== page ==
A meta-analysis of systematic reviews and meta-analyses to evaluate the psychological consequences of COVID-19

Several meta-analysis studies have been reported in the literature on the incidence of psychopathological conditions resulting from the COVID-19 pandemic. This investigation aims to compile and analyze the findings of previously published meta-analysis research, as shown by the present meta-analysis of previous meta-analysis studies.

The PubMed and Scopus databases were searched from 1 January 2019 to 30 May 2022. The procedure was carried out according to the PRISMA flow chart and the qualities of the identified studies were analyzed using AMSTAR 2. Heterogeneities and risk of bias were assessed using the Meta-MUMS tool. The corresponding results, forest and funnel plots of the psychological consequences of COVID-19 were synthesized.

Eleven meta-analysis studies were included. Random-effects meta-analysis of anxiety and depression showed (ER = 0.318 p-value < 0.001, ER = 0.295 p-value < 0.001) high heterogeneities (I2 = 99.70%, I2 = 99.75) between studies. Random-effects meta-analyses of sleep difficulties and insomnia were shown (ER = 0.347 p-value < 0.001, ER = 0.265, p-value < 0.001) along with heterogeneities (I2 = 99.89, I2 = 99.64). According to the random meta-analysis of post-traumatic stress syndrome (PTSS) and post-traumatic stress disorder (PTSD) (ER = 0.246, p-value = 0.001, ER = 0.223 p-value < 0.001) with heterogeneities (I2 = 99.75, I2 = 99.17). Random-effects meta-analyses of somatic and fear symptoms have been shown (ER = 0.16 p-value < 0.001, ER = 0.41, p-value = 0.089) with high heterogeneities (I2 = 99.62, I2 = 98.63). Random-effects meta-analysis of obsessive–compulsive symptoms and distress (ER = 0.297 p-value = 0.103; ER = 0.428, p-value = 0.013) with high heterogeneity, as I2 = 99.38%. Subgroup analysis of all symptoms and Egger's tests for detecting publication bias were also assessed.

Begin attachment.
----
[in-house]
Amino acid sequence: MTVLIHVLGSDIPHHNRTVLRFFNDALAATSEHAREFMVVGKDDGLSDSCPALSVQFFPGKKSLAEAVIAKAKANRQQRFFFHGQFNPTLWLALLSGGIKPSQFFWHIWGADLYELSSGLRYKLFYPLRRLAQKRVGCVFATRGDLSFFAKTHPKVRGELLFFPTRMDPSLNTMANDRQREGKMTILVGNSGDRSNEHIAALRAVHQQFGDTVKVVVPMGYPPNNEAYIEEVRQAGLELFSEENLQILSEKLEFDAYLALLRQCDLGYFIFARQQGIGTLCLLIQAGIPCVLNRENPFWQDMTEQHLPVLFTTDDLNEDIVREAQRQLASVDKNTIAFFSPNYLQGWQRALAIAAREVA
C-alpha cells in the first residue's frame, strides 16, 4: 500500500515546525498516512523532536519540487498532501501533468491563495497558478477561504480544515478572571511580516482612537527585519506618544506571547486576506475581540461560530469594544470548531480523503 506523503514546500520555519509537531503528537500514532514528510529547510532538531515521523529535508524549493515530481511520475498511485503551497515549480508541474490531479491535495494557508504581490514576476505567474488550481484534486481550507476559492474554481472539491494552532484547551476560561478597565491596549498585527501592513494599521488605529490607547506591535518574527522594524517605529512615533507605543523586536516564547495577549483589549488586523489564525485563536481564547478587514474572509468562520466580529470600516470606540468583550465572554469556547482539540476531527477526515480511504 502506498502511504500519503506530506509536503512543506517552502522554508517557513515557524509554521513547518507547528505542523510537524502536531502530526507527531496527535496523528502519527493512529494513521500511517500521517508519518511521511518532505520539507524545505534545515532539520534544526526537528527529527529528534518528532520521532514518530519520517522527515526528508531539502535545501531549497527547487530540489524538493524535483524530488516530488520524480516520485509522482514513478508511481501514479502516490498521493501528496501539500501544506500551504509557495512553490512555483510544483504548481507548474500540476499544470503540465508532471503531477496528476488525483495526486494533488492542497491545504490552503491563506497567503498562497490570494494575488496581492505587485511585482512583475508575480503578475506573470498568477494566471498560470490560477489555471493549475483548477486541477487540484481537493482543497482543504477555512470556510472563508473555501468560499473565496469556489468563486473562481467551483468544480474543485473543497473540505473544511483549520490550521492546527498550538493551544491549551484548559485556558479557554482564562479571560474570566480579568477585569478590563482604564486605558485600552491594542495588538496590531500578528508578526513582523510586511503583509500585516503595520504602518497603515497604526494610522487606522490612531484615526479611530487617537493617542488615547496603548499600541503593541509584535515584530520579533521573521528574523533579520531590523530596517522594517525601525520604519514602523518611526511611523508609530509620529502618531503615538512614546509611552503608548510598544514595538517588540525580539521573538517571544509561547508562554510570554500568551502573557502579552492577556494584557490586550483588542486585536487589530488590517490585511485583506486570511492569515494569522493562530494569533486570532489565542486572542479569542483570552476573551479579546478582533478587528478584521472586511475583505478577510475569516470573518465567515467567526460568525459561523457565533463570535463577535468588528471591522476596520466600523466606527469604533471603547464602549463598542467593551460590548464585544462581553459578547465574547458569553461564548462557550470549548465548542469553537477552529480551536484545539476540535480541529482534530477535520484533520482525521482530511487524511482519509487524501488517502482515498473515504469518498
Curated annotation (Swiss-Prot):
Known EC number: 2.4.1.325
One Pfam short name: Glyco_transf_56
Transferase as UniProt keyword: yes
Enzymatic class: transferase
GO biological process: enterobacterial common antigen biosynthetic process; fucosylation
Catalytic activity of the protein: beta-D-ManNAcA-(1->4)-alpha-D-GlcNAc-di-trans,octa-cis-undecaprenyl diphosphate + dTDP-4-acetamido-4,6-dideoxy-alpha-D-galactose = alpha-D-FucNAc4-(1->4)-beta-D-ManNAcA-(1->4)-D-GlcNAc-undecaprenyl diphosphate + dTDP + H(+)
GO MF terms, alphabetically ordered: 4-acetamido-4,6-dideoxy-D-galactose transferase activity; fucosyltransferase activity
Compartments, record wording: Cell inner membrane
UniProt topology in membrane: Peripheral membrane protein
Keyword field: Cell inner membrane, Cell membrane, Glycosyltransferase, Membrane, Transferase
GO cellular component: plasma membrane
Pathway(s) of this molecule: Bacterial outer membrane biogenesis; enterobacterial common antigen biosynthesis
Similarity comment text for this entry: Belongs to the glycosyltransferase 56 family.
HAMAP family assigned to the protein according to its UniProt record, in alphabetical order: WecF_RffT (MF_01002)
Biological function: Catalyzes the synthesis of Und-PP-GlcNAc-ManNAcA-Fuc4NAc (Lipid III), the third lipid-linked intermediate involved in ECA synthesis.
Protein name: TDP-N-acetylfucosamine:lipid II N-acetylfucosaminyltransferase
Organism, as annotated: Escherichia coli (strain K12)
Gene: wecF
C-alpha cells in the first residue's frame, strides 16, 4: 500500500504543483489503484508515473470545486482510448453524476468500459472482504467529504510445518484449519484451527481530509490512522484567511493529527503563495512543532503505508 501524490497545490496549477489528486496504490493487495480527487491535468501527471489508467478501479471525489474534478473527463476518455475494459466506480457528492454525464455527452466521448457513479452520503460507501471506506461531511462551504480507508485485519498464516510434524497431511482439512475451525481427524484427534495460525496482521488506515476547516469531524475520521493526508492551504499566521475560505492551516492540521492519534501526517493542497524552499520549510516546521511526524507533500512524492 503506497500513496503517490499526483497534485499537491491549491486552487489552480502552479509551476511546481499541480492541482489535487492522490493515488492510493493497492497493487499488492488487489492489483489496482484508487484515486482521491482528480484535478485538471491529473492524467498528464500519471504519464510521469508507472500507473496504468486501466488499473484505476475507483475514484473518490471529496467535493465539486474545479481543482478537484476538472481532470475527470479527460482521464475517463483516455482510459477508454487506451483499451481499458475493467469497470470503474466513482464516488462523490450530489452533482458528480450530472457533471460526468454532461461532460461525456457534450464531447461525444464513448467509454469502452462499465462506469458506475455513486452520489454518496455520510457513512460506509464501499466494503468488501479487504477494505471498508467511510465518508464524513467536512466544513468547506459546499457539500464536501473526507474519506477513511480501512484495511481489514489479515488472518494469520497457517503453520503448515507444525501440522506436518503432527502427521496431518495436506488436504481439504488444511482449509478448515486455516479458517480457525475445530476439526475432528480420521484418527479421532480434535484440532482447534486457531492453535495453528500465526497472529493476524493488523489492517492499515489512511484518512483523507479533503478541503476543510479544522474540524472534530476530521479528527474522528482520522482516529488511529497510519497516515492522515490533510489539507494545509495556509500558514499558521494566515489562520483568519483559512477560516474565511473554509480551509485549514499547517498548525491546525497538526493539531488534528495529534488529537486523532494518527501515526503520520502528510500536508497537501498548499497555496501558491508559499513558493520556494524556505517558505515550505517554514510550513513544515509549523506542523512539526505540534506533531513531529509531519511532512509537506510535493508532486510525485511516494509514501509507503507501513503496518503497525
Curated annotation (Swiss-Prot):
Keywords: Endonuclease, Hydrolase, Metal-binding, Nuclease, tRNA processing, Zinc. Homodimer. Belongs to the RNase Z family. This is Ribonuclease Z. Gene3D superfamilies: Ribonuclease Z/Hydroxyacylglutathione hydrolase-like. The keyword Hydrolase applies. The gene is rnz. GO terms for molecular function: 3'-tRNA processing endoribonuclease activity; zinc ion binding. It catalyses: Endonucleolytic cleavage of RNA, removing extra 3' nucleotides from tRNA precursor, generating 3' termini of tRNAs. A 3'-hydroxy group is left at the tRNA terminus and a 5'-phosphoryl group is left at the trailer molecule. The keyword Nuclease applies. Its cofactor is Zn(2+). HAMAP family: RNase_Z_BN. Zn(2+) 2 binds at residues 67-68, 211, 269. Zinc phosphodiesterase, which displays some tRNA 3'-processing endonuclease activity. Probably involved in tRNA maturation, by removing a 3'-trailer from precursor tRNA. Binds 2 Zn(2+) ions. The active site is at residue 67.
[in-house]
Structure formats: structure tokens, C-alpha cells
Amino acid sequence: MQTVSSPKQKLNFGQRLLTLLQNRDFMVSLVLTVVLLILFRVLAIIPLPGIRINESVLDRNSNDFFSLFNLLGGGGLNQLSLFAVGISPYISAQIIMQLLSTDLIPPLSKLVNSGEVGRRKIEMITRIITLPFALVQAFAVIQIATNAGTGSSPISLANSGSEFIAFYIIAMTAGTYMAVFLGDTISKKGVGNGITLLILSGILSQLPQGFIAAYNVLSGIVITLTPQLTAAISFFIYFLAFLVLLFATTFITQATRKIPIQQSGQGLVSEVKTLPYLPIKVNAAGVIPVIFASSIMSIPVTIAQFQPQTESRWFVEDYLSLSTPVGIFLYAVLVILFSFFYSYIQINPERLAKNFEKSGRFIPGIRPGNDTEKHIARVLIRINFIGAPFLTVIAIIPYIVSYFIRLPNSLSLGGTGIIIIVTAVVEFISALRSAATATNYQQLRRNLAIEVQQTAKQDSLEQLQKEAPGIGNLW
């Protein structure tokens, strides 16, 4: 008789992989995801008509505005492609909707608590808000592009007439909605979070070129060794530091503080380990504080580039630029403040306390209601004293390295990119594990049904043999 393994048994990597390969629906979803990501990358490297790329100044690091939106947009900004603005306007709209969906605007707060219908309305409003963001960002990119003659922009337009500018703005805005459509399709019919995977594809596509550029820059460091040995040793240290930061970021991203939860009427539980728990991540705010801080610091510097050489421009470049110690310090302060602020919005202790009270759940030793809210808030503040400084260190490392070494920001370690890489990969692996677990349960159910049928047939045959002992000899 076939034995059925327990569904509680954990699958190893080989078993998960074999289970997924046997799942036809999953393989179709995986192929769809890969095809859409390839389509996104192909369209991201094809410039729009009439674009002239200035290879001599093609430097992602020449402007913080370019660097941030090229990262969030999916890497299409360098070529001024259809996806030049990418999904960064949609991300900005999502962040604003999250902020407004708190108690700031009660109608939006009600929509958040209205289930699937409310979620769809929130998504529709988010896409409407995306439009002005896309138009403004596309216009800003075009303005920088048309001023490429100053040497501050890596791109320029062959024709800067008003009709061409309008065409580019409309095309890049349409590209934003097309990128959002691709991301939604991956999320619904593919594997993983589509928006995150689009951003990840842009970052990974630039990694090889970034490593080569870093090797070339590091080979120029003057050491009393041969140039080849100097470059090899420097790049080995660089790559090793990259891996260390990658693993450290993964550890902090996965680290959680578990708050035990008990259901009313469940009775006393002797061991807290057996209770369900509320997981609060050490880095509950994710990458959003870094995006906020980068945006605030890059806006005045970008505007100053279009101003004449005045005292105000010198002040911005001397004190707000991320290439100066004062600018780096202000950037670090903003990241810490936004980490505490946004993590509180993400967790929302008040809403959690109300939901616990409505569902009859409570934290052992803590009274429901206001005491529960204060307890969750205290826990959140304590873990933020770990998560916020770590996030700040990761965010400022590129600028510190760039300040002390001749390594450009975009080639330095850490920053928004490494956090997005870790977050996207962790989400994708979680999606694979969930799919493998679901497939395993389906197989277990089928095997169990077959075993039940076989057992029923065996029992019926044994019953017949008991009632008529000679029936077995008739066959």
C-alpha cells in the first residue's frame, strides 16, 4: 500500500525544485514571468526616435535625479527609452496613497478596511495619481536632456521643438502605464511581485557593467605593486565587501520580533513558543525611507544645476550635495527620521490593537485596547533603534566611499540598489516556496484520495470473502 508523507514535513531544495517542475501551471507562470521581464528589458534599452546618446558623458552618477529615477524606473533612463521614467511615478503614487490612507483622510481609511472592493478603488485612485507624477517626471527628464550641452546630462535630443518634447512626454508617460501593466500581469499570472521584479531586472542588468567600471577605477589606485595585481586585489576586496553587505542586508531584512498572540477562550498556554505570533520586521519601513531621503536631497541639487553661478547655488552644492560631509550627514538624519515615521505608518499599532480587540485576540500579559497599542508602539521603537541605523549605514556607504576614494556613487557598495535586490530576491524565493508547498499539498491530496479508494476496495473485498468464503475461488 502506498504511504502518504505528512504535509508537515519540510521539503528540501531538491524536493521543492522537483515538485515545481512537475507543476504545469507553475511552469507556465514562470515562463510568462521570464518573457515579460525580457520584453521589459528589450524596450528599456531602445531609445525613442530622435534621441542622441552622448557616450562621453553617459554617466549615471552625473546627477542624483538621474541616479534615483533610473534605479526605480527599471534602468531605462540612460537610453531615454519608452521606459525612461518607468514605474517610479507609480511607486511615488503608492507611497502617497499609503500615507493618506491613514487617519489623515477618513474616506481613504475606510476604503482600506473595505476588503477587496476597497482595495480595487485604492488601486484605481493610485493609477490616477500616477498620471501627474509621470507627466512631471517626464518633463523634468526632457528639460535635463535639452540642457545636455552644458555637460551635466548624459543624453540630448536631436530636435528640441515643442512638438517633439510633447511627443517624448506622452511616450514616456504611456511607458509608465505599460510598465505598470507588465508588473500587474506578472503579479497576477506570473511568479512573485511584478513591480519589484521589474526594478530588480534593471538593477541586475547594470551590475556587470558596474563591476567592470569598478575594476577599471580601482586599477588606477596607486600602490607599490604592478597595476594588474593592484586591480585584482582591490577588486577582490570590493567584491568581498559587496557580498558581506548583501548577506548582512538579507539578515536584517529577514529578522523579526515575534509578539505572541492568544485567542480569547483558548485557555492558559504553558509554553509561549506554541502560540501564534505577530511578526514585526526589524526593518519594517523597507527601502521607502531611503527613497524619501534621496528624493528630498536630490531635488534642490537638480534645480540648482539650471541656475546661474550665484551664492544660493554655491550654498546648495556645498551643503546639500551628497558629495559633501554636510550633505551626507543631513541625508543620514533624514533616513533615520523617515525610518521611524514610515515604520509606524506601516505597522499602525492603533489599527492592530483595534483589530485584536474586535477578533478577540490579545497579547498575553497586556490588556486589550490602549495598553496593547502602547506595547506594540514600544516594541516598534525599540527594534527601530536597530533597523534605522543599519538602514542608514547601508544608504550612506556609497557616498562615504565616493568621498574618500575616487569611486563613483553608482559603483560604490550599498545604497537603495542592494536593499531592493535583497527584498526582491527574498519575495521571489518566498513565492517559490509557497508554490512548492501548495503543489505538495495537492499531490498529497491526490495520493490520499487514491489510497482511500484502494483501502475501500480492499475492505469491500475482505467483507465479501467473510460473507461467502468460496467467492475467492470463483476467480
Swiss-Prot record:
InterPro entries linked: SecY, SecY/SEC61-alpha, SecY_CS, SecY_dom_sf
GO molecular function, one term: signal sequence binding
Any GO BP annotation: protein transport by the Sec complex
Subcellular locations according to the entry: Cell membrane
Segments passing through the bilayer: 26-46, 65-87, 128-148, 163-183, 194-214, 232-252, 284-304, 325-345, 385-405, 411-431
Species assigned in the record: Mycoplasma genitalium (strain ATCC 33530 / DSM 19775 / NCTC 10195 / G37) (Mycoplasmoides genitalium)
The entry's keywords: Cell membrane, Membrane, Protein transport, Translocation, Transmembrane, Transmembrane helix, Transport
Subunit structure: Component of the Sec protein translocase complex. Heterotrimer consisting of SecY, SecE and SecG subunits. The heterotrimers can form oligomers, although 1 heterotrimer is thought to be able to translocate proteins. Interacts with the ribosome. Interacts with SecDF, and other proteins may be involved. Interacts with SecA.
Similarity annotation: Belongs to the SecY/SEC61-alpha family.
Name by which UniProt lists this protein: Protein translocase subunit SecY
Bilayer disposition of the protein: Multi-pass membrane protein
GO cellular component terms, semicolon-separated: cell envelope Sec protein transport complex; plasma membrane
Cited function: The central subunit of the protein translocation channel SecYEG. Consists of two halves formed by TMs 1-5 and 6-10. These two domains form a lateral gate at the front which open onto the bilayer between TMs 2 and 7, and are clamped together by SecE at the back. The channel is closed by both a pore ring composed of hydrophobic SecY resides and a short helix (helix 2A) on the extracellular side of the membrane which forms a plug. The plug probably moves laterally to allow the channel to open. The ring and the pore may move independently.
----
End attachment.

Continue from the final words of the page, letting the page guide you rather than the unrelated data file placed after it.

The data from the current meta-analysis showed different psychological disorders of COVID-19 during the pandemic. Clinicians should be aware of the prevalence with which COVID-19-infected patients experience emotional distress, anxiety, fatigue, and PTSD. About half of the included systematic reviews (SRs)/meta-analyses (MAs) suffered from poorer methodological quality and increased risk of bias, reducing confidence in the findings. There must be more SRs/MAs and high-quality clinical trials conducted to confirm these findings.

Massoud Sokouti, Ali Reza Shafiee‑Kandjani, Mohsen Sokouti and Babak Sokouti | 2023
In: BMC Psychology ; ISSN: 2050-7283 | 11 | 279 | September
Anxiety Disorders, Comorbidity, COVID-19 (en), Depressive Disorders, Fear, Insomnia, Meta Analysis, Obsessive-Compulsive Personality Disorder, Psychological distress, Sleep Behavior, Somatic Symptoms, Systematic Review